Gila County, AZ
Juvenile. Apache Co., AZ
| ARIZONA BLACK RATTLESNAKE
|DESCRIPTION: A medium to large (up to 1,062 mm or 42" in total length excluding rattle) rattlesnake with black blotches on a dark gray-brown to black background. Young have prominent brown blotches and facial markings on a light gray background. Coloration gradually darkens as the animal ages. Some adults appear solid black with thin white, yellow, or orange crossbars on the back. The rostral scale usually comes into contact with more than 2 internasal scales. The pupils are vertically elliptical and the dorsal scales are keeled. The base of the tongue is purple. The neck is slender and the head is broad and triangular. On the end of the tail is a rattle composed of a series of loosely interlocking keratinous sections. A new section is added each time the snake sheds its skin.
DISTRIBUTION: This snake is found across the central mountains of the state from below the Colorado River in northwestern Arizona, along and below the Mogollon Rim, through the White Mountains, and down into the Pinaleño, Galiuro, Santa Catalina, and Rincons. It is found at elevations ranging from about 4,000' to over 9,000'.
HABITAT: It inhabits a variety of biotic communities in Arizona including Semidesert Grassland, Interior Chaparral, Great Basin Conifer Woodland, Madrean Evergreen Woodland, and Petran Montane Conifer Forest. It is often found in or near rocky drainages with permanent or semi-permanent water but is also encountered on open, rocky slopes.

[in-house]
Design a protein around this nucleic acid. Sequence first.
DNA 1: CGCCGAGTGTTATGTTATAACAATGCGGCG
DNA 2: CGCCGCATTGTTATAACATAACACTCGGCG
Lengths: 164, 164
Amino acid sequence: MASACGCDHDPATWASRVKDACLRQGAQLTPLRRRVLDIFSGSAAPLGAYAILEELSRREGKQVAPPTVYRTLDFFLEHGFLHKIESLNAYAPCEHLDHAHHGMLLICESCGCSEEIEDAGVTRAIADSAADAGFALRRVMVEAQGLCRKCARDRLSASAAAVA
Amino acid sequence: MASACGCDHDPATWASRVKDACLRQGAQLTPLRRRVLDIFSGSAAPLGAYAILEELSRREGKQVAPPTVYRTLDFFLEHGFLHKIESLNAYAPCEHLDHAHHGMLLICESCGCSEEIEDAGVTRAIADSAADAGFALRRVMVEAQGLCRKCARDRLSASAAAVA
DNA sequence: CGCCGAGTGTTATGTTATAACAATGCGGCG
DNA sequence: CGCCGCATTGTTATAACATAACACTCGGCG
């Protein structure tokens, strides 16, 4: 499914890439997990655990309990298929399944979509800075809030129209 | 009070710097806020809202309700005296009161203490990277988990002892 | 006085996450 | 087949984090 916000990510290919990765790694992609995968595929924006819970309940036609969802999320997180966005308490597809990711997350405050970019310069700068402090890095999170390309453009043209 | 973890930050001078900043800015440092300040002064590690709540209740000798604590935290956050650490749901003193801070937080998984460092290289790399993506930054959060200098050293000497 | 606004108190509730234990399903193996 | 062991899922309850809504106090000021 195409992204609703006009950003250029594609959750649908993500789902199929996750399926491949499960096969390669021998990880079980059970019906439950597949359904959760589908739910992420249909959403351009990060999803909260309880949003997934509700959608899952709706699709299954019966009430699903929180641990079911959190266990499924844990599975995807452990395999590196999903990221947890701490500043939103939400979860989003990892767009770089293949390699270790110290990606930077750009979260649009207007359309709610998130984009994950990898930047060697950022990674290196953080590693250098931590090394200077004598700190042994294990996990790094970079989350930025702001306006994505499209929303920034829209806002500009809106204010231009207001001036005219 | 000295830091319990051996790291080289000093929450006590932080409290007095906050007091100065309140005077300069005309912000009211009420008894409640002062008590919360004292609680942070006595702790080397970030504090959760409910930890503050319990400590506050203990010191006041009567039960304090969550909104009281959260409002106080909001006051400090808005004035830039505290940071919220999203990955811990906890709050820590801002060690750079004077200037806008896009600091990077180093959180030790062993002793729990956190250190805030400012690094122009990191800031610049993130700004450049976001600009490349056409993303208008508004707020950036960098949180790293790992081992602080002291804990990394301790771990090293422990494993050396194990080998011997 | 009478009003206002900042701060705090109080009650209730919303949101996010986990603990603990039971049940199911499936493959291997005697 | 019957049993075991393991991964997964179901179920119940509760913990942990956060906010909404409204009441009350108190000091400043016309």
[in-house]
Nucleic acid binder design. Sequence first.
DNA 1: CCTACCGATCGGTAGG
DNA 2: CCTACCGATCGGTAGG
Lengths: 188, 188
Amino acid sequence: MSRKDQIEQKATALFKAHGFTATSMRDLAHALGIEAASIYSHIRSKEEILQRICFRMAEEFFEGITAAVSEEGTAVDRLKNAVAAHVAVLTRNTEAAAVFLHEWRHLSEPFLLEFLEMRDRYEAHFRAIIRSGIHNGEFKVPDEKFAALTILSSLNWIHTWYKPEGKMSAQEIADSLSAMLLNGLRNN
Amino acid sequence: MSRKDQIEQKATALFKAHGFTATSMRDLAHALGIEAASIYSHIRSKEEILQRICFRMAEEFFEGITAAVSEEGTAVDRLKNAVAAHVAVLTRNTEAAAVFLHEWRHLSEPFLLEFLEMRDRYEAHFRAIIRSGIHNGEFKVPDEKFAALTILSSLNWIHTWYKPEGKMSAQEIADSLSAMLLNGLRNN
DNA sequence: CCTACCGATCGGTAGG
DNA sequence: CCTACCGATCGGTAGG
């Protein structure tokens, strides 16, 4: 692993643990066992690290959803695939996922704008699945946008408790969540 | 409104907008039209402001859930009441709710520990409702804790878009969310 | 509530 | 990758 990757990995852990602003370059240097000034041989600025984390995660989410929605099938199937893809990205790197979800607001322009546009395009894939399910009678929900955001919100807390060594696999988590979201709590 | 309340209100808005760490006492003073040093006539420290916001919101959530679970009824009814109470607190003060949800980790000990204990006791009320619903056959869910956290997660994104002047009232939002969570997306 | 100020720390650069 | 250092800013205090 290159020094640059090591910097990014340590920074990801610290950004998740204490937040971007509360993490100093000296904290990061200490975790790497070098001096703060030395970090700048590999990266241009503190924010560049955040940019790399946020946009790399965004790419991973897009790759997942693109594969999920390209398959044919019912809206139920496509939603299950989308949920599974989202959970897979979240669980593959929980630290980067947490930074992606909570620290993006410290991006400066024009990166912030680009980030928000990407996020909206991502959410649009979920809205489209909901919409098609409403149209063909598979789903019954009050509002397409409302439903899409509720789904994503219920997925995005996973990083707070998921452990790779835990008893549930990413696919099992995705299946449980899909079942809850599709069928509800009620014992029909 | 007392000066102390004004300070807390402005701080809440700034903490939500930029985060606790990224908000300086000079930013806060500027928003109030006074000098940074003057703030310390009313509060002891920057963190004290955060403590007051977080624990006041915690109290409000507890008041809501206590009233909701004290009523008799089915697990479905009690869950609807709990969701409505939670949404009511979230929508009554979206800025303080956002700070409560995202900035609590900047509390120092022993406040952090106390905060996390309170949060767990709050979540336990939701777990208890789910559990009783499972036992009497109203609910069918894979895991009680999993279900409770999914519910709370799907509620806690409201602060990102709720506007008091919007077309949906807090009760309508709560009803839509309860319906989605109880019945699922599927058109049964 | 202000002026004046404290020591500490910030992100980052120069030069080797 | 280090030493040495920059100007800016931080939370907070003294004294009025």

BEHAVIOR: It is primarily diurnal but can be active around the clock when conditions are favorable. This ground-dweller hibernates alone or in communal dens during the cold months of winter and late fall. Like the other "pit-vipers" (members of the subfamily Crotalinae) this snake uses heat sensing pits (one on each side of the face between the eye and nostril) to detect warm-blooded predators and prey.
DIET: The Arizona Black Rattlesnake eats rats, squirrels, mice, lizards, and birds. It uses venom injected through long, hollow, retractable fangs to kill and begin digesting its prey.
REPRODUCTION: It gives birth in summer.
REMARKS: This rattlesnake is capable of delivering large amounts of potent venom. If encountered it should be left alone. A large percentage of envenomations occur when a snake is handled or abused.
By Thomas C. Brennan
Bartlett. 2000. Snakes of North America: Western Region. Gulf Publishing Co. Houston, TX
Brennan, T. C., and A. T. Holycross. 2006. A Field Guide to Amphibians and Reptiles in Arizona. Arizona Game and Fish Department. Phoenix, AZ
Brennan, T. C., and A. T. Holycross. 2005. A Field Guide to Amphibians and Reptiles of Maricopa County. Arizona Game and Fish Department. Phoenix, AZ
Degenhardt, W. G., Painter, C. W., and Price, A. H.. 1996. Amphibians and Reptiles of New Mexico. University of New Mexico Press. Albuquerque.
Fowlie. 1965. The Snakes of Arizona. Azul Quinta Press, Fallbrook, California
Lowe, Schwalbe, Johnson. 1986. The Venomous Reptiles of Arizona. Nongame Branch Arizona Game and Fish Department. Phoenix, AZ
Stebbins. 1985. Western Reptiles and Amphibians. Houghton Mifflin. New York, NY
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